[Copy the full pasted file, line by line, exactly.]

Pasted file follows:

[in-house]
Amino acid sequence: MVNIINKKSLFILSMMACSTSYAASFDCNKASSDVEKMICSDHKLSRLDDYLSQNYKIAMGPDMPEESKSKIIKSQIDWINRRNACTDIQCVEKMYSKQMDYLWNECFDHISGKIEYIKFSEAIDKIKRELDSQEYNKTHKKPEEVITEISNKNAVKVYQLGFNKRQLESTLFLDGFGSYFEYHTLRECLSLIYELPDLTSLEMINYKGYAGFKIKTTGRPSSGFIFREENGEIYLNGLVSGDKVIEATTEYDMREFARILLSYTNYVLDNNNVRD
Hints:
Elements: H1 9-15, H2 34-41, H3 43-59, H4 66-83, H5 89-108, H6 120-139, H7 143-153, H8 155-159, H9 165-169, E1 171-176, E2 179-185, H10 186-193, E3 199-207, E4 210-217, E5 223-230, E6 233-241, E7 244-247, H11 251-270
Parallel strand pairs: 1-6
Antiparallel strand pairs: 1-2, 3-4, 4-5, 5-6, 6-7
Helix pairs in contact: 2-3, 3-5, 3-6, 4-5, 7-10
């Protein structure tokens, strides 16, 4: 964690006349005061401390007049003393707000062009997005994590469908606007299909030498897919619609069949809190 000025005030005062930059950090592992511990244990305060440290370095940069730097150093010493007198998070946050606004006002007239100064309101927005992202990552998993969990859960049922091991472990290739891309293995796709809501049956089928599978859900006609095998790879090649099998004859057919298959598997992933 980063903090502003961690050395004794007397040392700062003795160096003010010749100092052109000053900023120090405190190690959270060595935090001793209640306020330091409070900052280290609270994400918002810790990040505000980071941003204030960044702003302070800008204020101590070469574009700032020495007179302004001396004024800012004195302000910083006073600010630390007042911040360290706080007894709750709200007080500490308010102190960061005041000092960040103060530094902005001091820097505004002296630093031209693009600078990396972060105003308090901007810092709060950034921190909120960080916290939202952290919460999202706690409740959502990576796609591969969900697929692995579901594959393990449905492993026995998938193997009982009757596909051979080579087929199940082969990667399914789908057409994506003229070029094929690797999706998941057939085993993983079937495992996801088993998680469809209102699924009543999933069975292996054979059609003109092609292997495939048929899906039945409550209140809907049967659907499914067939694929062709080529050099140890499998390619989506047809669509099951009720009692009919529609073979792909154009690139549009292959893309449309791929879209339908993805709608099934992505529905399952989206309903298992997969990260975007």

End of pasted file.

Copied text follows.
[in-house]
Amino acid sequence: MVNIINKKSLFILSMMACSTSYAASFDCNKASSDVEKMICSDHKLSRLDDYLSQNYKIAMGPDMPEESKSKIIKSQIDWINRRNACTDIQCVEKMYSKQMDYLWNECFDHISGKIEYIKFSEAIDKIKRELDSQEYNKTHKKPEEVITEISNKNAVKVYQLGFNKRQLESTLFLDGFGSYFEYHTLRECLSLIYELPDLTSLEMINYKGYAGFKIKTTGRPSSGFIFREENGEIYLNGLVSGDKVIEATTEYDMREFARILLSYTNYVLDNNNVRD
Hints:
Elements: H1 9-15, H2 34-41, H3 43-59, H4 66-83, H5 89-108, H6 120-139, H7 143-153, H8 155-159, H9 165-169, E1 171-176, E2 179-185, H10 186-193, E3 199-207, E4 210-217, E5 223-230, E6 233-241, E7 244-247, H11 251-270
Parallel strand pairs: 1-6
Antiparallel strand pairs: 1-2, 3-4, 4-5, 5-6, 6-7
Helix pairs in contact: 2-3, 3-5, 3-6, 4-5, 7-10
């Protein structure tokens, strides 16, 4: 964690006349005061401390007049003393707000062009997005994590469908606007299909030498897919619609069949809190 000025005030005062930059950090592992511990244990305060440290370095940069730097150093010493007198998070946050606004006002007239100064309101927005992202990552998993969990859960049922091991472990290739891309293995796709809501049956089928599978859900006609095998790879090649099998004859057919298959598997992933 980063903090502003961690050395004794007397040392700062003795160096003010010749100092052109000053900023120090405190190690959270060595935090001793209640306020330091409070900052280290609270994400918002810790990040505000980071941003204030960044702003302070800008204020101590070469574009700032020495007179302004001396004024800012004195302000910083006073600010630390007042911040360290706080007894709750709200007080500490308010102190960061005041000092960040103060530094902005001091820097505004002296630093031209693009600078990396972060105003308090901007810092709060950034921190909120960080916290939202952290919460999202706690409740959502990576796609591969969900697929692995579901594959393990449905492993026995998938193997009982009757596909051979080579087929199940082969990667399914789908057409994506003229070029094929690797999706998941057939085993993983079937495992996801088993998680469809209102699924009543999933069975292996054979059609003109092609292997495939048929899906039945409550209140809907049967659907499914067939694929062709080529050099140890499998390619989506047809669509099951009720009692009919529609073979792909154009690139549009292959893309449309791929879209339908993805709608099934992505529905399952989206309903298992997969990260975007």